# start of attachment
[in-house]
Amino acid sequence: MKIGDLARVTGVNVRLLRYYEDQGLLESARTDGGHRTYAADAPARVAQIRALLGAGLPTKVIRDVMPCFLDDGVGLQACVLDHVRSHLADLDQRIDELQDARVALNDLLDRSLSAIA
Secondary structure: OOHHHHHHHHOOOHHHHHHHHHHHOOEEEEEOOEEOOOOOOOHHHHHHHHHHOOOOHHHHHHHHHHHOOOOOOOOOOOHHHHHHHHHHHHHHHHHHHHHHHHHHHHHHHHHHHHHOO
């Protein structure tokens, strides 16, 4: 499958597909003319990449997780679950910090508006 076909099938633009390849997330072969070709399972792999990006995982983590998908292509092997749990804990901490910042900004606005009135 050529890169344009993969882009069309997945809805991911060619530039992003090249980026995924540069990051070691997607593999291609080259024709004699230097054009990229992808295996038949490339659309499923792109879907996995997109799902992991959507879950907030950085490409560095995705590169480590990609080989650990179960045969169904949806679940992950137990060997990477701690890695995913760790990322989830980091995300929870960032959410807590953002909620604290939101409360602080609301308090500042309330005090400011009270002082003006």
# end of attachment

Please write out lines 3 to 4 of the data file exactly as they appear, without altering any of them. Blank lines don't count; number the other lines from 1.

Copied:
Secondary structure: OOHHHHHHHHOOOHHHHHHHHHHHOOEEEEEOOEEOOOOOOOHHHHHHHHHHOOOOHHHHHHHHHHHOOOOOOOOOOOHHHHHHHHHHHHHHHHHHHHHHHHHHHHHHHHHHHHHOO
């Protein structure tokens, strides 16, 4: 499958597909003319990449997780679950910090508006 076909099938633009390849997330072969070709399972792999990006995982983590998908292509092997749990804990901490910042900004606005009135 050529890169344009993969882009069309997945809805991911060619530039992003090249980026995924540069990051070691997607593999291609080259024709004699230097054009990229992808295996038949490339659309499923792109879907996995997109799902992991959507879950907030950085490409560095995705590169480590990609080989650990179960045969169904949806679940992950137990060997990477701690890695995913760790990322989830980091995300929870960032959410807590953002909620604290939101409360602080609301308090500042309330005090400011009270002082003006």